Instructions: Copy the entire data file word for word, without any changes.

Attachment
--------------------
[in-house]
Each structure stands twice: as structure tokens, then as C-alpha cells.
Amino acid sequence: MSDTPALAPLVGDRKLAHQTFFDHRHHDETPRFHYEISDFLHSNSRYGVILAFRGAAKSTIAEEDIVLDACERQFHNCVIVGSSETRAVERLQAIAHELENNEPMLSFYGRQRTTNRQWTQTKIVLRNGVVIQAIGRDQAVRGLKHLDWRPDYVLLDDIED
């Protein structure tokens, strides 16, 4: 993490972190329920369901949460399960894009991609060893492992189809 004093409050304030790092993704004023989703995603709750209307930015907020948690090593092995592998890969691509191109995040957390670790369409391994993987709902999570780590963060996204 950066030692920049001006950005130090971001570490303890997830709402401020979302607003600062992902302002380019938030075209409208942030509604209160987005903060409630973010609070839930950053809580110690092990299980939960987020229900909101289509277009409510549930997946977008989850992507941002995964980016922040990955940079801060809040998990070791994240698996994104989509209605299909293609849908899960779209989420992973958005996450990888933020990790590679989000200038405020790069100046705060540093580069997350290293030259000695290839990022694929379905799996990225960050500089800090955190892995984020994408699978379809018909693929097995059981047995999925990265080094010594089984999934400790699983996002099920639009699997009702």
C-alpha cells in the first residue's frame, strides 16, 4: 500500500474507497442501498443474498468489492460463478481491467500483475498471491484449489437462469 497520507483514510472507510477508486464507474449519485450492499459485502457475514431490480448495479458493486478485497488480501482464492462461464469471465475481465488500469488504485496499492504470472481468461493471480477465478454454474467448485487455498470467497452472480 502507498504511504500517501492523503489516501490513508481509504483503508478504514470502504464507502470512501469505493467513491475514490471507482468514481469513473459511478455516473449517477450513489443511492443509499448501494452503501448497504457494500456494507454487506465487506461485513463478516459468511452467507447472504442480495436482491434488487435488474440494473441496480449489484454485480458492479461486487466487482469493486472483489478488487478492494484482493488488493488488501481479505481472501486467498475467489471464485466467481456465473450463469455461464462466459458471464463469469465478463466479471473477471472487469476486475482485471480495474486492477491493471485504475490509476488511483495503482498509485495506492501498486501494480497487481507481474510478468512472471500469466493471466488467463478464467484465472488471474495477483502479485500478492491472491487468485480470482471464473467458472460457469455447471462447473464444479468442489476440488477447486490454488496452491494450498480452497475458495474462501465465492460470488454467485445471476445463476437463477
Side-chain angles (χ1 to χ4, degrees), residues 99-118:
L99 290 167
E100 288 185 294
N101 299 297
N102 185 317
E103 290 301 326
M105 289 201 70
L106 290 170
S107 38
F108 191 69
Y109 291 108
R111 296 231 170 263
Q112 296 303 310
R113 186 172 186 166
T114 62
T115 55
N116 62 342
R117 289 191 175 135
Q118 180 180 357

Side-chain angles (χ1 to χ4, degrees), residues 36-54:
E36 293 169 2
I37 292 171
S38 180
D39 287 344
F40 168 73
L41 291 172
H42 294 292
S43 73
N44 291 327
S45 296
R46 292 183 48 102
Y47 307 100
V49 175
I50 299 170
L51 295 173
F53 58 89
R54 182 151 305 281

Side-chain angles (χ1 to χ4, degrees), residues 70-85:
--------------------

[in-house]
Each structure stands twice: as structure tokens, then as C-alpha cells.
Amino acid sequence: MSDTPALAPLVGDRKLAHQTFFDHRHHDETPRFHYEISDFLHSNSRYGVILAFRGAAKSTIAEEDIVLDACERQFHNCVIVGSSETRAVERLQAIAHELENNEPMLSFYGRQRTTNRQWTQTKIVLRNGVVIQAIGRDQAVRGLKHLDWRPDYVLLDDIED
């Protein structure tokens, strides 16, 4: 993490972190329920369901949460399960894009991609060893492992189809 004093409050304030790092993704004023989703995603709750209307930015907020948690090593092995592998890969691509191109995040957390670790369409391994993987709902999570780590963060996204 950066030692920049001006950005130090971001570490303890997830709402401020979302607003600062992902302002380019938030075209409208942030509604209160987005903060409630973010609070839930950053809580110690092990299980939960987020229900909101289509277009409510549930997946977008989850992507941002995964980016922040990955940079801060809040998990070791994240698996994104989509209605299909293609849908899960779209989420992973958005996450990888933020990790590679989000200038405020790069100046705060540093580069997350290293030259000695290839990022694929379905799996990225960050500089800090955190892995984020994408699978379809018909693929097995059981047995999925990265080094010594089984999934400790699983996002099920639009699997009702």
C-alpha cells in the first residue's frame, strides 16, 4: 500500500474507497442501498443474498468489492460463478481491467500483475498471491484449489437462469 497520507483514510472507510477508486464507474449519485450492499459485502457475514431490480448495479458493486478485497488480501482464492462461464469471465475481465488500469488504485496499492504470472481468461493471480477465478454454474467448485487455498470467497452472480 502507498504511504500517501492523503489516501490513508481509504483503508478504514470502504464507502470512501469505493467513491475514490471507482468514481469513473459511478455516473449517477450513489443511492443509499448501494452503501448497504457494500456494507454487506465487506461485513463478516459468511452467507447472504442480495436482491434488487435488474440494473441496480449489484454485480458492479461486487466487482469493486472483489478488487478492494484482493488488493488488501481479505481472501486467498475467489471464485466467481456465473450463469455461464462466459458471464463469469465478463466479471473477471472487469476486475482485471480495474486492477491493471485504475490509476488511483495503482498509485495506492501498486501494480497487481507481474510478468512472471500469466493471466488467463478464467484465472488471474495477483502479485500478492491472491487468485480470482471464473467458472460457469455447471462447473464444479468442489476440488477447486490454488496452491494450498480452497475458495474462501465465492460470488454467485445471476445463476437463477
Side-chain angles (χ1 to χ4, degrees), residues 99-118:
L99 290 167
E100 288 185 294
N101 299 297
N102 185 317
E103 290 301 326
M105 289 201 70
L106 290 170
S107 38
F108 191 69
Y109 291 108
R111 296 231 170 263
Q112 296 303 310
R113 186 172 186 166
T114 62
T115 55
N116 62 342
R117 289 191 175 135
Q118 180 180 357

Side-chain angles (χ1 to χ4, degrees), residues 36-54:
E36 293 169 2
I37 292 171
S38 180
D39 287 344
F40 168 73
L41 291 172
H42 294 292
S43 73
N44 291 327
S45 296
R46 292 183 48 102
Y47 307 100
V49 175
I50 299 170
L51 295 173
F53 58 89
R54 182 151 305 281

Side-chain angles (χ1 to χ4, degrees), residues 70-85: